Fabry’s disease involves increased glycolipid accumulation in various organs of the body and there is a cardiac variant. All heart cells are involved including endocardium, myocardium and the interstitium. The disease presents with diastolic and systolic dysfunction, as well as conduction disease. This may be the diagnosis in up to 12% of females with late onset HCM; non-obstructive, obstructive or apical. A good echo sign is the binary appearance of the LV endocardial border - a hyperechogenic line between endo and myocardium. Enzyme replacement therapy with agalsidase alpha may help.
Atrial fibrillation remains an increasing problem in the management of heart failure patients. A resting heart rate of 60-80 beats/min and 90-115 with exercise is deemed good rate conrol. The AF-CHF study due out in 2007/2008 will help resolve some of the issues of rate control vs. rhythm control in heart failure specifically.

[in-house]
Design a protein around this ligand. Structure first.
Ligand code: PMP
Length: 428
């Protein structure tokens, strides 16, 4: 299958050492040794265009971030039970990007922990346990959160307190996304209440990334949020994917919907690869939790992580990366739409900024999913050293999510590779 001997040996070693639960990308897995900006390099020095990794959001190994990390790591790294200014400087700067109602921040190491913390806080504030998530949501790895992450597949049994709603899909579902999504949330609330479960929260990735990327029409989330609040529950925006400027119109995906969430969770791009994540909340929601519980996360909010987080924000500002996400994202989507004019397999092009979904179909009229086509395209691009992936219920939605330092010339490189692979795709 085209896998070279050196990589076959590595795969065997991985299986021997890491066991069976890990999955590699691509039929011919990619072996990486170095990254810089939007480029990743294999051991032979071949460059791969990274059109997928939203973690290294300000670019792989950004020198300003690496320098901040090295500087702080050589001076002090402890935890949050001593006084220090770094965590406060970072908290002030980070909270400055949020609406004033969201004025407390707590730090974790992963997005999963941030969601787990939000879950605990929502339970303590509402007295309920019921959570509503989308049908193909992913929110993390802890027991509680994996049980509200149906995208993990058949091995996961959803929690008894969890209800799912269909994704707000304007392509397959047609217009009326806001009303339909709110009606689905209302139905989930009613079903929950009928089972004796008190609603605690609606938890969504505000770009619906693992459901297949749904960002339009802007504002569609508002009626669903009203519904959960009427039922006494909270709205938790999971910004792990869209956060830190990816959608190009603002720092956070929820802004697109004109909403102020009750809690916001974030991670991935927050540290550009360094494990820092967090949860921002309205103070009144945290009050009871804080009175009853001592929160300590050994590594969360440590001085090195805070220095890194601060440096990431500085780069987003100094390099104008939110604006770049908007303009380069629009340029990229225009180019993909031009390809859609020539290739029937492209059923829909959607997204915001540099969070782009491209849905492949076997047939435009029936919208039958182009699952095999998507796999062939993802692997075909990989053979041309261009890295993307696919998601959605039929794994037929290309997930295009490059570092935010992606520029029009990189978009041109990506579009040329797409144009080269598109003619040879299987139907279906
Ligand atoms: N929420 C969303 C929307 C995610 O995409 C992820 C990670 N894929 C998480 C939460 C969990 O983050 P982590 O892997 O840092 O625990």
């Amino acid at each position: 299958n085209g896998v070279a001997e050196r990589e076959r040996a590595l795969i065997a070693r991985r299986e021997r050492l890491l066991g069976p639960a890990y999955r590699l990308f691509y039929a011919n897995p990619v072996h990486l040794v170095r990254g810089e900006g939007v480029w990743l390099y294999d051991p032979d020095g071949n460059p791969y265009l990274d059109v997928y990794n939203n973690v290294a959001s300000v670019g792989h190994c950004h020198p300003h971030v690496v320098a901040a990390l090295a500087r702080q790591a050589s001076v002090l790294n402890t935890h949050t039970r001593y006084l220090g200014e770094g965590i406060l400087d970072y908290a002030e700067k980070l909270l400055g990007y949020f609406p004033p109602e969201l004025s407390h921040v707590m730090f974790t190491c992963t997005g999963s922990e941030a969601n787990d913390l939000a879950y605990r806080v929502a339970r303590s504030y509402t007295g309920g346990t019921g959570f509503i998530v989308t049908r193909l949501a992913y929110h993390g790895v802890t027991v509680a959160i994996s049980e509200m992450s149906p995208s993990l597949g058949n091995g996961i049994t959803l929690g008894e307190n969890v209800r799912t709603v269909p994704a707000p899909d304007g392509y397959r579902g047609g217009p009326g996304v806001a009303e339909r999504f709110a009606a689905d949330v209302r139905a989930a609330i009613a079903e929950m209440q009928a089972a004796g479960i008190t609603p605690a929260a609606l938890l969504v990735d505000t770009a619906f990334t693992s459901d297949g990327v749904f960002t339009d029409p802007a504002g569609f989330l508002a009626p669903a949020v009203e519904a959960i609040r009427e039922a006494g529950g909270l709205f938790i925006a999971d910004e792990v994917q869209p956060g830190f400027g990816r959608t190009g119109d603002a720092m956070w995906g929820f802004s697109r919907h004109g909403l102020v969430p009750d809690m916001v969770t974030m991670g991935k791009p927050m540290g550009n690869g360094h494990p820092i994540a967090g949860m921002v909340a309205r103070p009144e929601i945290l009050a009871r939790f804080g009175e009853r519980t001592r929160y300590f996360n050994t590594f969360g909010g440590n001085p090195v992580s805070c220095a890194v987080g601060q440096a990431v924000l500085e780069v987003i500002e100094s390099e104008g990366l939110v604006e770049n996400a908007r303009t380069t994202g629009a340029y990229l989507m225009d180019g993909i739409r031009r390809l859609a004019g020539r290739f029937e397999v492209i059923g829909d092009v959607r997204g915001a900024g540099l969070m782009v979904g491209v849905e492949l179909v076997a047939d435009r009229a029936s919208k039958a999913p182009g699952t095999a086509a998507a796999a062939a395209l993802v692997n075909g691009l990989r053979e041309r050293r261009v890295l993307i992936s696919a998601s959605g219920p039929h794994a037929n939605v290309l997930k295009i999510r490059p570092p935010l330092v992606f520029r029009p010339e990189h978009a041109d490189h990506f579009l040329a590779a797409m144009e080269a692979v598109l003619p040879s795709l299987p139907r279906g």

Hyperuricemia seen in heart failure may not be a benign phenomenon. Prognosis appears to be related to urate levels in heart failure and it remains one of the cheaper and strongest predictors of mortality in heart failure. Levels greater than 0.8 predict death in three years. The increased levels seen may relate to increased production by increased cell death and insulin resistance and increased XO activity related to tissue hypoxia and immune activation, Imapired renal function and diuretic therapy also raise urate levels. It is important to remember that the development of allopurinol (a competitive inhibitor of XO) got the Nobel Prize in 1963. An active metabolite is oxypurinol. The OPT-CHF study using oxypurinol for 24 weeks in Class III-IV patients was ended prematurely because of non-beneficial effects. A direct XO inhibitor may be used in future trials.